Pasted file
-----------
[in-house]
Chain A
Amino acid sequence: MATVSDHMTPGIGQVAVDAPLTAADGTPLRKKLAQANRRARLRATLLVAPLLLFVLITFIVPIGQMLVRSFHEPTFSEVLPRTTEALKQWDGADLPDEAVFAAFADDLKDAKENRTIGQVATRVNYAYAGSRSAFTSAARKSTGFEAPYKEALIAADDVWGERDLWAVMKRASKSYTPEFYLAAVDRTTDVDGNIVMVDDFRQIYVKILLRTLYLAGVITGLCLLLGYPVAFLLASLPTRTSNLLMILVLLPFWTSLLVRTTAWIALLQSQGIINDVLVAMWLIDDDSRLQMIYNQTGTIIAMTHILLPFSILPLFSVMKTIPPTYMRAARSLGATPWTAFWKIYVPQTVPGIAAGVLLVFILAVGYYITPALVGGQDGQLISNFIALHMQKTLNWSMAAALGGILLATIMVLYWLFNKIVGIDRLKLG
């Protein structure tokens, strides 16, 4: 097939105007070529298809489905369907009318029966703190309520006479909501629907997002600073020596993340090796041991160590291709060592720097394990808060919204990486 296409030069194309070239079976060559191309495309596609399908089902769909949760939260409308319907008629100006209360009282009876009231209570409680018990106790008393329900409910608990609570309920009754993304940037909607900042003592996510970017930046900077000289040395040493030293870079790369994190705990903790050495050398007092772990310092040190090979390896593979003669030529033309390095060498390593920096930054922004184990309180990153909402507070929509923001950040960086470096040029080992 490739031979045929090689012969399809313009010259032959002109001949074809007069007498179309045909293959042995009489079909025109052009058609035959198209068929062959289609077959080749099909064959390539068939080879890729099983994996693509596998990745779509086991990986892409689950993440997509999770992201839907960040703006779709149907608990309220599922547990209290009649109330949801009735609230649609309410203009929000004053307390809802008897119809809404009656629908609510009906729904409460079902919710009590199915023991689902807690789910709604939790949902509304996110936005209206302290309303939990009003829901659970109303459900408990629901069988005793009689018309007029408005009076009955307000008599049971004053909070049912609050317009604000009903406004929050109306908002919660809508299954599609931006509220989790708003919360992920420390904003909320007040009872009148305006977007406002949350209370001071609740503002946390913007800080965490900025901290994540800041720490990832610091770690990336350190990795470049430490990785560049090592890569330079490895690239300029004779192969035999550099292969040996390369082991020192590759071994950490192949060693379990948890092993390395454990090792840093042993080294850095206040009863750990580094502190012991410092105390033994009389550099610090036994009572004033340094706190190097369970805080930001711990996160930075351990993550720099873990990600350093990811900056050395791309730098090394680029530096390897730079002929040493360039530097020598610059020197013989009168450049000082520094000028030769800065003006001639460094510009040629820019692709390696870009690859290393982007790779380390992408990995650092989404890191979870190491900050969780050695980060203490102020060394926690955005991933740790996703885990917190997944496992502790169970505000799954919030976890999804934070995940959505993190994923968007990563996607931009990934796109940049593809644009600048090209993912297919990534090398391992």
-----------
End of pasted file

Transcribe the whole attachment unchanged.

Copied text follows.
[in-house]
Chain A
Amino acid sequence: MATVSDHMTPGIGQVAVDAPLTAADGTPLRKKLAQANRRARLRATLLVAPLLLFVLITFIVPIGQMLVRSFHEPTFSEVLPRTTEALKQWDGADLPDEAVFAAFADDLKDAKENRTIGQVATRVNYAYAGSRSAFTSAARKSTGFEAPYKEALIAADDVWGERDLWAVMKRASKSYTPEFYLAAVDRTTDVDGNIVMVDDFRQIYVKILLRTLYLAGVITGLCLLLGYPVAFLLASLPTRTSNLLMILVLLPFWTSLLVRTTAWIALLQSQGIINDVLVAMWLIDDDSRLQMIYNQTGTIIAMTHILLPFSILPLFSVMKTIPPTYMRAARSLGATPWTAFWKIYVPQTVPGIAAGVLLVFILAVGYYITPALVGGQDGQLISNFIALHMQKTLNWSMAAALGGILLATIMVLYWLFNKIVGIDRLKLG
């Protein structure tokens, strides 16, 4: 097939105007070529298809489905369907009318029966703190309520006479909501629907997002600073020596993340090796041991160590291709060592720097394990808060919204990486 296409030069194309070239079976060559191309495309596609399908089902769909949760939260409308319907008629100006209360009282009876009231209570409680018990106790008393329900409910608990609570309920009754993304940037909607900042003592996510970017930046900077000289040395040493030293870079790369994190705990903790050495050398007092772990310092040190090979390896593979003669030529033309390095060498390593920096930054922004184990309180990153909402507070929509923001950040960086470096040029080992 490739031979045929090689012969399809313009010259032959002109001949074809007069007498179309045909293959042995009489079909025109052009058609035959198209068929062959289609077959080749099909064959390539068939080879890729099983994996693509596998990745779509086991990986892409689950993440997509999770992201839907960040703006779709149907608990309220599922547990209290009649109330949801009735609230649609309410203009929000004053307390809802008897119809809404009656629908609510009906729904409460079902919710009590199915023991689902807690789910709604939790949902509304996110936005209206302290309303939990009003829901659970109303459900408990629901069988005793009689018309007029408005009076009955307000008599049971004053909070049912609050317009604000009903406004929050109306908002919660809508299954599609931006509220989790708003919360992920420390904003909320007040009872009148305006977007406002949350209370001071609740503002946390913007800080965490900025901290994540800041720490990832610091770690990336350190990795470049430490990785560049090592890569330079490895690239300029004779192969035999550099292969040996390369082991020192590759071994950490192949060693379990948890092993390395454990090792840093042993080294850095206040009863750990580094502190012991410092105390033994009389550099610090036994009572004033340094706190190097369970805080930001711990996160930075351990993550720099873990990600350093990811900056050395791309730098090394680029530096390897730079002929040493360039530097020598610059020197013989009168450049000082520094000028030769800065003006001639460094510009040629820019692709390696870009690859290393982007790779380390992408990995650092989404890191979870190491900050969780050695980060203490102020060394926690955005991933740790996703885990917190997944496992502790169970505000799954919030976890999804934070995940959505993190994923968007990563996607931009990934796109940049593809644009600048090209993912297919990534090398391992």